The images were all taken by the probe’s MapCam instrument, a medium-range camera designed to capture images of outgassing around Bennu and help map its surface in color. On this occasion, it snapped three beautiful pictures of Earth and the Moon. These images were all taken when the spacecraft was at a distance of approximately 5 million km (3 million mi) from Earth – about 13 times the distance between the Earth and the Moon.

Black and white image of Earth taken by the OSIRIS-REx’s NavCam 1 instrument. Credit: NASA/OSIRIS-REx team and the University of Arizona

As part of the OSIRIS-REx Camera Suite (OCAMS), which is operated by researchers at the University of Arizona, the CapCam has four color filters. To produce the image, three of them (b, v and w) were used as a blue, green and red filters and then stacked on top of each other. The Earth and Moon were each color-corrected, and the Moon was brightened to make it more easily visible.

A second image of planet Earth (shown above), was taken on September 22nd, 2017, by one of the probe’s navigational cameras (NavCam 1). As the name suggests, this instrument is intended to help OSIRIS-REx orient itself while making its journey to Bennu and while it studies the asteroid. This is done by tracking starfields in space (while in transit) and landmarks on Bennu’s surface once it has arrived.

The image was taken when OSIRIS-REx was at a distance of 110,000 km (69,000 mi) from Earth. This was just after the probe had completed an Earth gravity-assist maneuver, where it used Earth’s gravitational force to slingshot around its equator and pick up more speed. The original image (shown below) was rotated so that the North Pole would be pointed up and the entire image was enlarged to provide more detail.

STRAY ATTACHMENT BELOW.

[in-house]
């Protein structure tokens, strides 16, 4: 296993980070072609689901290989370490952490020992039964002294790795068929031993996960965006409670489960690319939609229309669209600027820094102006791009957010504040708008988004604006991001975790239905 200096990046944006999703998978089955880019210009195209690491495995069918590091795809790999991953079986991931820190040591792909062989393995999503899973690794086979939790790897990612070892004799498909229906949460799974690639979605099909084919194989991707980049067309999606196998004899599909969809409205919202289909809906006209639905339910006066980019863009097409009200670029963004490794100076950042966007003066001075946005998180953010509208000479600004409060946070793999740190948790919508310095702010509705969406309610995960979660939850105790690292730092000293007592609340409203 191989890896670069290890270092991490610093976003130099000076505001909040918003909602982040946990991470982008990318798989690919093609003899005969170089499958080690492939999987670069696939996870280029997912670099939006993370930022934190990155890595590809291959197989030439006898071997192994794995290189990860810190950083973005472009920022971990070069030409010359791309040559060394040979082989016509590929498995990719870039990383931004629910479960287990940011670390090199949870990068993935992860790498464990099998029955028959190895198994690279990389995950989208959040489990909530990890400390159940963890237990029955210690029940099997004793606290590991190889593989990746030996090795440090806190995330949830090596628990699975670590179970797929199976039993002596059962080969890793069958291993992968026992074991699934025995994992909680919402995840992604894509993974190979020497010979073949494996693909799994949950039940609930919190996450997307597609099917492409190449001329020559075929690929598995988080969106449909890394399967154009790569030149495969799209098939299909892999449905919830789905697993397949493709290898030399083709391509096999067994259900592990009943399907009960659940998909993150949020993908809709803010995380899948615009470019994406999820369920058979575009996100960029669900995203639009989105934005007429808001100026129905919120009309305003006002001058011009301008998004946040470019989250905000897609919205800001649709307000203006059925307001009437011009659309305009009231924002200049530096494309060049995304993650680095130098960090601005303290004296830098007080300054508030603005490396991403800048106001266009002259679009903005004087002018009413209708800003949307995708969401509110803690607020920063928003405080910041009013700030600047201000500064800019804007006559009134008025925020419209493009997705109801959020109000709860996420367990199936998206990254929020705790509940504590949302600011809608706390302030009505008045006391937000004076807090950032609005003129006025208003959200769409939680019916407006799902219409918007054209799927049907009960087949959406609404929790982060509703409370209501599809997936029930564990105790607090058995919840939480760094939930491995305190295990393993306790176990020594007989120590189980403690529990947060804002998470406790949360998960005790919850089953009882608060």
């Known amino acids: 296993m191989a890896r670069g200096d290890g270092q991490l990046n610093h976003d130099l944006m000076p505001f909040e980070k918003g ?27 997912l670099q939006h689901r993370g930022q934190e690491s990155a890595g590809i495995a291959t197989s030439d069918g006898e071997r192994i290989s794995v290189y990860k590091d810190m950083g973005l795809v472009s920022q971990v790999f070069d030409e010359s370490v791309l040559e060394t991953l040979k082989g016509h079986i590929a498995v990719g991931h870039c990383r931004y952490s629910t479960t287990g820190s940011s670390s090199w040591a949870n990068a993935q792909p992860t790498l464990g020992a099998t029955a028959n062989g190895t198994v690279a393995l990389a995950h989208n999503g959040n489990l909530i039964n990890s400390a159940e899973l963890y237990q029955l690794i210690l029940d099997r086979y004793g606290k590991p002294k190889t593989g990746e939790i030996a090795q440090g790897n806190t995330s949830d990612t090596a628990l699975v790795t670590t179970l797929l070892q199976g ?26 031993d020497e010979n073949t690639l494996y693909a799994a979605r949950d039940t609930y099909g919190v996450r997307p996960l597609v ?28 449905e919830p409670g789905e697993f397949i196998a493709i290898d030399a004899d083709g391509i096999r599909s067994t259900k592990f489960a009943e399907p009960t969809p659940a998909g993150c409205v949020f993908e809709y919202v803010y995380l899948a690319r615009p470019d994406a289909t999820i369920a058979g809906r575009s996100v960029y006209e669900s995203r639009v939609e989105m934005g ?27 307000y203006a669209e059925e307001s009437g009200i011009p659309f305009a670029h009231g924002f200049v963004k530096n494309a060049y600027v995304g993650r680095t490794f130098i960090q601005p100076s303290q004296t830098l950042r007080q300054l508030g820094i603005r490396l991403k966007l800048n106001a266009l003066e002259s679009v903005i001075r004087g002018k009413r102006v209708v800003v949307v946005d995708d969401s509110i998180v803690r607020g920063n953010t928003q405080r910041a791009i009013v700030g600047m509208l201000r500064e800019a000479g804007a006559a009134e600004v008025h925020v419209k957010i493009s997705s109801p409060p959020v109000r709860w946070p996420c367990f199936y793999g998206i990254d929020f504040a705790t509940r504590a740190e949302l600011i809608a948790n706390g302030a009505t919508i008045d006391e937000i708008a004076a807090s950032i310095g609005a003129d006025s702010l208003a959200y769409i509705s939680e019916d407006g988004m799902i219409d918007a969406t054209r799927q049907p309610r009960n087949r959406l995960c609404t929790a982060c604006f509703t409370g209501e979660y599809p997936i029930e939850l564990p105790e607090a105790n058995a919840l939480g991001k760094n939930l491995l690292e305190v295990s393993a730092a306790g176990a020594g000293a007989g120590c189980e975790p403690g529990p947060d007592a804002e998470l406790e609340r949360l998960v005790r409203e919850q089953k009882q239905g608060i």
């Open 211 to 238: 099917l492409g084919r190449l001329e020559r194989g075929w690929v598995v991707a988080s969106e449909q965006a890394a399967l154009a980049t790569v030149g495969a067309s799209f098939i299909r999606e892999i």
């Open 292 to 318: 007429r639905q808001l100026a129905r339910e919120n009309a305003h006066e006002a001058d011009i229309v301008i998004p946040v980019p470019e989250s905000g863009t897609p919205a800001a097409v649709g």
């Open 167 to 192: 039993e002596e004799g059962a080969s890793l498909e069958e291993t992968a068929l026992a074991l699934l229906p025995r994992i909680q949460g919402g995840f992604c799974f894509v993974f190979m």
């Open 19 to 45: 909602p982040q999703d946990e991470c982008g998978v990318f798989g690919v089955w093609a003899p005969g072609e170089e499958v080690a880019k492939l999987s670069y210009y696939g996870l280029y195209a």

As you can see in the altered image, North America is visible on the upper right portion, while Hurricane Maria and the remnants of Hurricane Jose are visible in the far upper-right. The acquisition of these images was the result of painstaking calculations and planning, which were performed in advance by engineers and navigation specialists on the mission team using software called Systems Tool Kit (STK).

Original image taken by the OSIRIS-REx NavCam 1 of Earth. Credit: NASA/Goddard/University of Arizona/Lockheed Martin

These plans were developed to ensure that the probe would be able to snap pictures with precise timing, which were then uploaded to the spacecraft’s computer weeks ahead of time. Within hours of the probe executing its gravity-assist maneuver, crews on the ground were treated to the first images from the spacecraft’s navigational cameras, which confirmed that the probe was following the right path.

The probe is scheduled to reach Bennu in December of 2018, with approach operations commencing this coming August. Bennu is also expected to make a close pass with Earth several centuries from now, and could even collide with us by then. But for the time being, it represents a major opportunity to study the history and evolution of the Solar System, since it is essentially a remnant left over from its formation.

By studying this asteroid up close, and bringing samples back to Earth for further study, the OSRIS-REx mission could help us understand how life began on Earth and where the Solar System as a whole is headed. But in the meantime, the probe has been able to provide us with some beautiful snapshots of Earth, which serve to remind us all of certain things.

Much like Voyager 1‘s “Pale Blue Dot” photo, seeing Earth from space helps to drive home the fact that life is rare and precious. It also reminds us that we, as a species, are all in this together and completely and utterly dependent  on our planet and its ecosystems. Once in awhile, we need to be reminded of these things. Otherwise, we might do some stupid – like ruin it!

Further Reading: NASA

NASA’s OSIRIS-REx Captures Lovely Blue Marble during Gravity Assist Swing-by to Asteroid Bennu

A color composite image of Earth taken on Sept. 22, 2017 by the MapCam camera on NASA’s OSIRIS-REx spacecraft just hours after the spacecraft completed its Earth Gravity Assist at a range of approximately 106,000 miles (170,000 kilometers). Credit: NASA/Goddard/University of Arizona

KENNEDY SPACE CENTER, FL – NASA’s OSIRIS-REx asteroid mission captured a lovely ‘Blue Marble’ image of our Home Planet during last Fridays (Sept. 22) successful gravity assist swing-by sending the probe hurtling towards asteroid Bennu for a rendezvous next August on a round trip journey to snatch pristine soil samples.

The newly released color composite image of Earth was taken on Sept. 22 by the spacecrafts MapCam camera.

It was taken at a range of approximately 106,000 miles (170,000 kilometers), just a few hours after OSIRIS-REx completed its critical Earth Gravity Assist (EGA) maneuver.